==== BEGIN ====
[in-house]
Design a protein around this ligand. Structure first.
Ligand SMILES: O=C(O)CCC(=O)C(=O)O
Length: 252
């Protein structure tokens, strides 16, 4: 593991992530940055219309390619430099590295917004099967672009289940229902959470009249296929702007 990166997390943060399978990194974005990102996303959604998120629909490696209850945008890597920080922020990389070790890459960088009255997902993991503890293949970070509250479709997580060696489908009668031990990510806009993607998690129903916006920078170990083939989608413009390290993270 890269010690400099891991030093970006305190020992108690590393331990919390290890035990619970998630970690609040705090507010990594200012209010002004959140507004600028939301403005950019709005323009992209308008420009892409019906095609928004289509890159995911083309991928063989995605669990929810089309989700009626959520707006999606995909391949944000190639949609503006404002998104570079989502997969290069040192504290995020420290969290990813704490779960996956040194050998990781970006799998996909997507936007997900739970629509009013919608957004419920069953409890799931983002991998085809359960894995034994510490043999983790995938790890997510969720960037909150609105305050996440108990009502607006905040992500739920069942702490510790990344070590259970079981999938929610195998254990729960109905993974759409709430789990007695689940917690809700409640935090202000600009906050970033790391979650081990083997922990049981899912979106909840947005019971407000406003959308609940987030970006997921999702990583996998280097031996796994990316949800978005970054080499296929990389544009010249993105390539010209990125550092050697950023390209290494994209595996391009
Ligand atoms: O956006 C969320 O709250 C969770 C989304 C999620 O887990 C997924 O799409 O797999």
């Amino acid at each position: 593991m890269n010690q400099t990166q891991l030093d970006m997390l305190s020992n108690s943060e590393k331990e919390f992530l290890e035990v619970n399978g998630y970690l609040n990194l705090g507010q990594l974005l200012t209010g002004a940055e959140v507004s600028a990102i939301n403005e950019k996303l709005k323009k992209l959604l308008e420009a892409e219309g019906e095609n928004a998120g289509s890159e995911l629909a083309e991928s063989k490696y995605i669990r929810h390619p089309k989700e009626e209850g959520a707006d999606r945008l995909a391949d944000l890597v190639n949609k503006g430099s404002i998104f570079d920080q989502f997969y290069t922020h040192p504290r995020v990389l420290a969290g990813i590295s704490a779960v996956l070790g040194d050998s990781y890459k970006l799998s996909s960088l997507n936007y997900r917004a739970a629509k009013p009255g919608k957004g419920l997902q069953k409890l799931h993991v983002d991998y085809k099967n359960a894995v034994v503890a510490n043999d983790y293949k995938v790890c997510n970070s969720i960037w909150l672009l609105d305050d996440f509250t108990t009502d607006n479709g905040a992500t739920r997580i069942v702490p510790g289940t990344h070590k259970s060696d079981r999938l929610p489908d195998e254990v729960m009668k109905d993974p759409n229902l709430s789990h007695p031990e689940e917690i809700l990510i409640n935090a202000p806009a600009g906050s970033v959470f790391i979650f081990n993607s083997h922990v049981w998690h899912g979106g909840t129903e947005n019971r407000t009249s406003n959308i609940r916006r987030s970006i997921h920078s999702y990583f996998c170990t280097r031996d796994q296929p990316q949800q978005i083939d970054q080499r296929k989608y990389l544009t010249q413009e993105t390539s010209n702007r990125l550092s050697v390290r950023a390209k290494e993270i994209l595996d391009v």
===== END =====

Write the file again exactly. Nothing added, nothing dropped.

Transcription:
[in-house]
Design a protein around this ligand. Structure first.
Ligand SMILES: O=C(O)CCC(=O)C(=O)O
Length: 252
């Protein structure tokens, strides 16, 4: 593991992530940055219309390619430099590295917004099967672009289940229902959470009249296929702007 990166997390943060399978990194974005990102996303959604998120629909490696209850945008890597920080922020990389070790890459960088009255997902993991503890293949970070509250479709997580060696489908009668031990990510806009993607998690129903916006920078170990083939989608413009390290993270 890269010690400099891991030093970006305190020992108690590393331990919390290890035990619970998630970690609040705090507010990594200012209010002004959140507004600028939301403005950019709005323009992209308008420009892409019906095609928004289509890159995911083309991928063989995605669990929810089309989700009626959520707006999606995909391949944000190639949609503006404002998104570079989502997969290069040192504290995020420290969290990813704490779960996956040194050998990781970006799998996909997507936007997900739970629509009013919608957004419920069953409890799931983002991998085809359960894995034994510490043999983790995938790890997510969720960037909150609105305050996440108990009502607006905040992500739920069942702490510790990344070590259970079981999938929610195998254990729960109905993974759409709430789990007695689940917690809700409640935090202000600009906050970033790391979650081990083997922990049981899912979106909840947005019971407000406003959308609940987030970006997921999702990583996998280097031996796994990316949800978005970054080499296929990389544009010249993105390539010209990125550092050697950023390209290494994209595996391009
Ligand atoms: O956006 C969320 O709250 C969770 C989304 C999620 O887990 C997924 O799409 O797999």
């Amino acid at each position: 593991m890269n010690q400099t990166q891991l030093d970006m997390l305190s020992n108690s943060e590393k331990e919390f992530l290890e035990v619970n399978g998630y970690l609040n990194l705090g507010q990594l974005l200012t209010g002004a940055e959140v507004s600028a990102i939301n403005e950019k996303l709005k323009k992209l959604l308008e420009a892409e219309g019906e095609n928004a998120g289509s890159e995911l629909a083309e991928s063989k490696y995605i669990r929810h390619p089309k989700e009626e209850g959520a707006d999606r945008l995909a391949d944000l890597v190639n949609k503006g430099s404002i998104f570079d920080q989502f997969y290069t922020h040192p504290r995020v990389l420290a969290g990813i590295s704490a779960v996956l070790g040194d050998s990781y890459k970006l799998s996909s960088l997507n936007y997900r917004a739970a629509k009013p009255g919608k957004g419920l997902q069953k409890l799931h993991v983002d991998y085809k099967n359960a894995v034994v503890a510490n043999d983790y293949k995938v790890c997510n970070s969720i960037w909150l672009l609105d305050d996440f509250t108990t009502d607006n479709g905040a992500t739920r997580i069942v702490p510790g289940t990344h070590k259970s060696d079981r999938l929610p489908d195998e254990v729960m009668k109905d993974p759409n229902l709430s789990h007695p031990e689940e917690i809700l990510i409640n935090a202000p806009a600009g906050s970033v959470f790391i979650f081990n993607s083997h922990v049981w998690h899912g979106g909840t129903e947005n019971r407000t009249s406003n959308i609940r916006r987030s970006i997921h920078s999702y990583f996998c170990t280097r031996d796994q296929p990316q949800q978005i083939d970054q080499r296929k989608y990389l544009t010249q413009e993105t390539s010209n702007r990125l550092s050697v390290r950023a390209k290494e993270i994209l595996d391009v």